A type of cancer that originates in liver cells. Cancer that usually starts in the lining of the lungs, but can also begin in other areas of the respiratory system, lymphoma. Radiation therapy (also called radiation therapy) is a cancer treatment that uses high doses of radiation to kill cancer cells and reduce the size of tumors. At low doses, radiation is used in x-rays to see inside the body, as is the case with x-rays of broken teeth or bones.
Radiation therapy is a type of cancer treatment that uses beams of intense energy to kill cancer cells. In most cases, radiation therapy uses x-rays, but protons or other types of energy can also be used. Brachytherapy generally treats cancers of the head, neck, breast, cervix, endometrium, prostate, and eye. Early-stage cancer and cancer that is known to have spread to other specific areas of the body may benefit from radiation therapy.
It can also be used to help kill remaining cancer cells that may still be hidden or undetected in the body. In some types of cancer, radiation therapy is recommended because it can help relieve symptoms such as difficulty swallowing or breathing due to the location of a tumor. The cancer care team can answer specific questions about the type of radiation you were prescribed, how it affects your body, and any precautions that may be needed. These radiation beams start outside the body and are directed toward the body, where cancer cells are located.
Radiation may help relieve problems such as pain, difficulty swallowing or breathing, or intestinal obstructions that can be caused by advanced cancer. Radiation treatments are planned to damage cancer cells with as little damage as possible to nearby healthy cells. Some drugs used to treat cancer are called targeted therapy drugs because they are designed to detect and attack certain genes or proteins found in specific types of cancer. Sometimes doctors use radiation therapy as part of palliative care to help relieve symptoms of advanced cancer.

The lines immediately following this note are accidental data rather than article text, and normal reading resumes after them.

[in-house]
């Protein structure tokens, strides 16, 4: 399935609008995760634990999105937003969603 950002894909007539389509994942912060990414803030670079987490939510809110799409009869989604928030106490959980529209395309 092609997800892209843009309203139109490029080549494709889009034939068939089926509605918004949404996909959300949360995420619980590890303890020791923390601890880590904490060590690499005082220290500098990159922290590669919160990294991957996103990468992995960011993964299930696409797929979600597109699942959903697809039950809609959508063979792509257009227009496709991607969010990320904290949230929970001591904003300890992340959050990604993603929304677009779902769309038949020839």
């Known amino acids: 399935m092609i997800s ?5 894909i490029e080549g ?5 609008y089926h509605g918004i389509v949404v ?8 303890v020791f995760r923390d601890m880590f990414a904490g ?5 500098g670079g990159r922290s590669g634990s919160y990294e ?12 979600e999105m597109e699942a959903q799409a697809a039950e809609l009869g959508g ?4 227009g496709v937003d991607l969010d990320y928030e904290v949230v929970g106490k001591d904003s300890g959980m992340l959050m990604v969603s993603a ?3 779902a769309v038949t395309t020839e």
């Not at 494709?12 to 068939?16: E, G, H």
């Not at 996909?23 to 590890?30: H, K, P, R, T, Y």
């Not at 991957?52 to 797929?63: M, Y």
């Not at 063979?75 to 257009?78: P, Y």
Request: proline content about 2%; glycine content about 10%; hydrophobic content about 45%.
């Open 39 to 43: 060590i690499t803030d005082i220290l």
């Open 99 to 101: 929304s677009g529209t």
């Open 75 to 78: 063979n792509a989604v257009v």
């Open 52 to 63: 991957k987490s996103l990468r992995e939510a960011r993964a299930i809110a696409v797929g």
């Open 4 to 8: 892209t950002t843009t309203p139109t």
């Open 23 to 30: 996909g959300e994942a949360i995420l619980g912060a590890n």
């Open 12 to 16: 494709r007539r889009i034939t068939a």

However, in most cases, you will receive radiation therapy with other cancer treatments, such as surgery, chemotherapy, and immunotherapy. If your cancer care team recommends radiation therapy, it's because you believe that the benefits you'll get from it will outweigh the potential side effects. Louis is leading a national study aimed at identifying patients with early-stage lung cancer who are at high risk of cancer returning, even later. Sometimes radiation therapy is the only cancer treatment needed, and sometimes it is used with other types of treatment.
For example, if you have lung cancer, you will receive radiation only to your chest, not to your entire body. The number of days depends on the type and stage of the cancer and its location, as well as whether radiation is combined with other treatments, such as surgery or chemotherapy. It's not possible to predict who might have a second cancer, but sometimes cancer treatment can put a person at greater risk of developing a second cancer. Depending on the type and location of the cancer and other treatments you have undergone, your doctor may also place an implant in your body permanently and the radiation will weaken over time.
For example, if the cancer has returned to a part of the body that has already been treated with radiation, it may not be possible to deliver more radiation to the same location.